Jennifer's Details

What's the Best Fit for Me? Choosing a College

Make Sure You Know Why You're Going

Examine yourself and your reasons for going to college before you start your search. Why, really, are you going? What are your abilities and strengths? What are your weaknesses? What do you want out of life? Talk with your family, friends, and high-school counselors as you ask these questions. The people who know you best can help you the most with these important issues.

Know Yourself and Find a College that's a Good Fit

Choosing a college because your friends are going there or because of where it ranks on a list does not take into account who you are and who you will become. Finding a good fit requires time and thoughtfulness.

Visit college web sites and learn about events, who visits as guest speakers, and how to get in touch with current students and faculty. Or, plan a visit to your top choices and make time to sit in on classes, eat in the dining hall, and hang out in the student center or other high traffic areas.

You Can Afford to Go to College

If you make the assumption that you cannot afford college based on the "sticker price" of tuition, you will miss out. It is difficult to talk about money, but if you investigate all of your options and ask for help and advice, you will find affordable choices.

Take Action:

Source: npr.org

photo of Jennifer"I was raised by a single mom and wanted to stay nearby since we take care of each other. We live close to a UC that I've always pictured myself at, so it was an easy decision once I got accepted."


Cost: Sticker vs. Net Price

"Sticker" Price

The "sticker price" of a university is it's advertised cost. The estimated average cost of a UC is around $14,750 per year for a full-time student. Costs include tuition, fees, books and supplies. You will also need to factor housing, transportation, and personal expenses into your costs.

"Net" Price: Most Families Pay Less than Full Price

The net price of a university is the sticker price minus scholarships and grants you receive - this can greatly reduce costs for many students.

Net college cost based on family income

Find out how to calculate your 'Net Price' (1:14)

Take Action:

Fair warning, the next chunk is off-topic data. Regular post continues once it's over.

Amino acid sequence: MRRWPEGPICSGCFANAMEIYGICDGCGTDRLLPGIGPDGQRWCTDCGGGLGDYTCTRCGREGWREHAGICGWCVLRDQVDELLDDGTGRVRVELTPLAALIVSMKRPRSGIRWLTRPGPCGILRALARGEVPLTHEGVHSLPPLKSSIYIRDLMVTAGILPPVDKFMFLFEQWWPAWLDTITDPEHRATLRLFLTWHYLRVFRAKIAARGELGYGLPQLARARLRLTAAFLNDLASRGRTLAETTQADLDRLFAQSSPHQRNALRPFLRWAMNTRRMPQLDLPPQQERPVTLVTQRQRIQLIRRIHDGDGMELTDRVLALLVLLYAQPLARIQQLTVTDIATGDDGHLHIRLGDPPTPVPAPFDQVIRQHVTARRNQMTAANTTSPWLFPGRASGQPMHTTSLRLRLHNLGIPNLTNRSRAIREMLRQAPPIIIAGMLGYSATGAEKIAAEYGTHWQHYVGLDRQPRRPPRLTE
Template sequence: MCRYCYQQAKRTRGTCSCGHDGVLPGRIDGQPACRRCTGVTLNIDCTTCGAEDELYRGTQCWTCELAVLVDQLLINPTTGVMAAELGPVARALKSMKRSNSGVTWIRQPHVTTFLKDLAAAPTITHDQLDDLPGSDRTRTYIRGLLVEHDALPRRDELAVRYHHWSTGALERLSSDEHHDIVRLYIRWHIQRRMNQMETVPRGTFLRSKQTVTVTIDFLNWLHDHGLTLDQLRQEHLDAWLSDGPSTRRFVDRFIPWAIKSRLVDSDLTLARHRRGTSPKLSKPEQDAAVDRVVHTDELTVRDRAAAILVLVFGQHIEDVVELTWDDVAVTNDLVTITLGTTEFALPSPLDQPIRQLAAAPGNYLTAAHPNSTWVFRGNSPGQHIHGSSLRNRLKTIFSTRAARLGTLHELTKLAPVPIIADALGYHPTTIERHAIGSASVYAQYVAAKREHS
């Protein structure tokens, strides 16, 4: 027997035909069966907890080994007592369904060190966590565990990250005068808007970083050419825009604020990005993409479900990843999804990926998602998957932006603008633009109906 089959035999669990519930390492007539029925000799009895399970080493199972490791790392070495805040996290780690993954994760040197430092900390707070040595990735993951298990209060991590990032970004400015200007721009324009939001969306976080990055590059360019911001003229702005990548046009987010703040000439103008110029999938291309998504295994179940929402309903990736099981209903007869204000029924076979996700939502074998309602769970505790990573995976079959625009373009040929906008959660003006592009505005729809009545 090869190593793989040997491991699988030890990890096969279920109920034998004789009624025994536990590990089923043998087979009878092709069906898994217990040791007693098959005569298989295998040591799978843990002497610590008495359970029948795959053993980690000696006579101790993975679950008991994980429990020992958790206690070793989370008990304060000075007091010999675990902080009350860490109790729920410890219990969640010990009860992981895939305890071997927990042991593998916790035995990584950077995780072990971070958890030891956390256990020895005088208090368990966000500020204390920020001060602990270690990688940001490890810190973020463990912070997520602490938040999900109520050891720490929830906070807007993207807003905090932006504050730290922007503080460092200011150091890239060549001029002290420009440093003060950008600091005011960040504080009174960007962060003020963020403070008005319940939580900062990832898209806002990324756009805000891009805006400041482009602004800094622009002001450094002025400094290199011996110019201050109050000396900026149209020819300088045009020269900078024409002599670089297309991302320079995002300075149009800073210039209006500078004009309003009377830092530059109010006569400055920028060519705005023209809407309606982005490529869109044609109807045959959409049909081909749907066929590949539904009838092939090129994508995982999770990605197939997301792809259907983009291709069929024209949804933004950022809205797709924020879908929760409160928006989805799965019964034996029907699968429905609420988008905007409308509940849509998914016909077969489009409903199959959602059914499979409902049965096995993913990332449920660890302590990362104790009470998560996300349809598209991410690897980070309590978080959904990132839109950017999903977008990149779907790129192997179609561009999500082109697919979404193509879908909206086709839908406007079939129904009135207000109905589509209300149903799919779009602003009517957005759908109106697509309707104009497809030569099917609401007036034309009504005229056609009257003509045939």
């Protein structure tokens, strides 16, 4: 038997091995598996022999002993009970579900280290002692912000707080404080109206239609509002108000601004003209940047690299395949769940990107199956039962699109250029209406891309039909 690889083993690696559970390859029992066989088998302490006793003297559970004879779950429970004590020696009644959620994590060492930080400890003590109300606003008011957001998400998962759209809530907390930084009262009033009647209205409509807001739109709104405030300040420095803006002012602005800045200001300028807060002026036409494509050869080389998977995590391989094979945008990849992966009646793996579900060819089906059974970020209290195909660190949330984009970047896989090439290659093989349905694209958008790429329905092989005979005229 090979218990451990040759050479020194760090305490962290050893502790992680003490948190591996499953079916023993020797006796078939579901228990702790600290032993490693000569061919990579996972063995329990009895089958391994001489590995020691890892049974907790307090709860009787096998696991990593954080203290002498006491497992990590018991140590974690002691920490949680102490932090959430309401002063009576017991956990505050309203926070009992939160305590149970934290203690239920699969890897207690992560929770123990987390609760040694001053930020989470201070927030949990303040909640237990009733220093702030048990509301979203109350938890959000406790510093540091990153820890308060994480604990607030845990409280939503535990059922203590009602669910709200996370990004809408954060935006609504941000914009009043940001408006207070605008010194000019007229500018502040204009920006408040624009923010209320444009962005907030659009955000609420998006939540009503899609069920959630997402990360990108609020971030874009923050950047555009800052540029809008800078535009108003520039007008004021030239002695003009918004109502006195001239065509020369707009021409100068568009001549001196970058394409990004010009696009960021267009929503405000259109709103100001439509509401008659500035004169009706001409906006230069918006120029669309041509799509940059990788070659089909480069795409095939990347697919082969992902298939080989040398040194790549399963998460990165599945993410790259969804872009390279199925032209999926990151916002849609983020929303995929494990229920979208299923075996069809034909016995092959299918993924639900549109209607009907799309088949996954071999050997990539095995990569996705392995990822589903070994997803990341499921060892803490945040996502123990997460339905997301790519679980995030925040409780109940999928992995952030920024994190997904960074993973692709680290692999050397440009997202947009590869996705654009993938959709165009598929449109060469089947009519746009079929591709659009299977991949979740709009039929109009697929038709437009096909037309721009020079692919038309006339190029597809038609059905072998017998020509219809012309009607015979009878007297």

photo of Jennifer"Once I started college I quickly lost focus on school and prioritized work.  I've always had to work to help my mom pay the bills, so I think I made excuses for myself and worked too much."


Time to Degree

Do Everything You Can to Make Sure You Graduate on Time

Taking too long in college can cost you thousands of dollars and decrease your graduation chances.

graph showing that after 6 years in college, graduation chances decrease and cost steadily increases. Taking longer than 6 years to graduate is high risk.

Source: Complete College America

*Note: Federal and state financial aid programs have maximum limits so be sure to understand your financial aid options if you plan on attending college for more than 4-5 years. The Cal Grant maximum is 8 semesters, the Pell Grant maximum 12 semesters, and federal loans have aggregate limits.

Take Action

  • Make sure your ready for college-level math and English before arriving on campus.
  • Plan your schedule: Read the College Board suggestions for how to schedule your first year of college classes.
  • Take a full load of classes.

photo of Jennifer"I withdrew for a couple of semesters because I thought it would be better to work full time, but I lost my focus and never really felt connected to the campus. It probably would have been better for me to live on campus so that I would have had more support."


Paying for College

Jennifer's Plan: Pluses and Minuses

Jennifer applied for Federal Student Aid (FAFSA) every year and qualified for grants (free money!) and federal student loans with a low interest rates and friendly repayment terms.

Jennifer did not pay attention to how much she was borrowing and dropped out because she reached the maximum aggregate limit on student loans and could no longer afford to continue paying for school.

Jennifer did not ask for help from her campus financial aid office and did not apply for scholarships. Talking to someone would have helped her create a plan so she wouldn't have had to take out so much in loans.

Education is an investment in yourself and your community. Be proactive to ensure you get the most out of your financial aid!

Ways You Can Pay


Income/Debt Ratio

Current Salary: $11/hr. Student Debt: $32,500 = Risky.

Without a degree, Jennifer's earning potential and job possibilities are much lower than if she completes her degree.

At $32,500, Jennifer's student debt is considered extremely risky, especially since she did not complete her degree. With an income near minimum wage, her future is in serious jeopardy.

Jennifer can still turn things around by talking to an academic advisor, creating an academic plan, and completing her degree. The decisions she makes now will have a huge impact on her future.

As a general guideline, the total debt for your degree should not be more than what you will likely earn your first year working in your field.

Take Action

  • Explore careers and salaries at O*Net Online.
  • Make sure you understand the terms of your loan such as interest rate and repayment terms.
  • Budget your time and money carefully in college so that you don't have to borrow the maximum loan amount.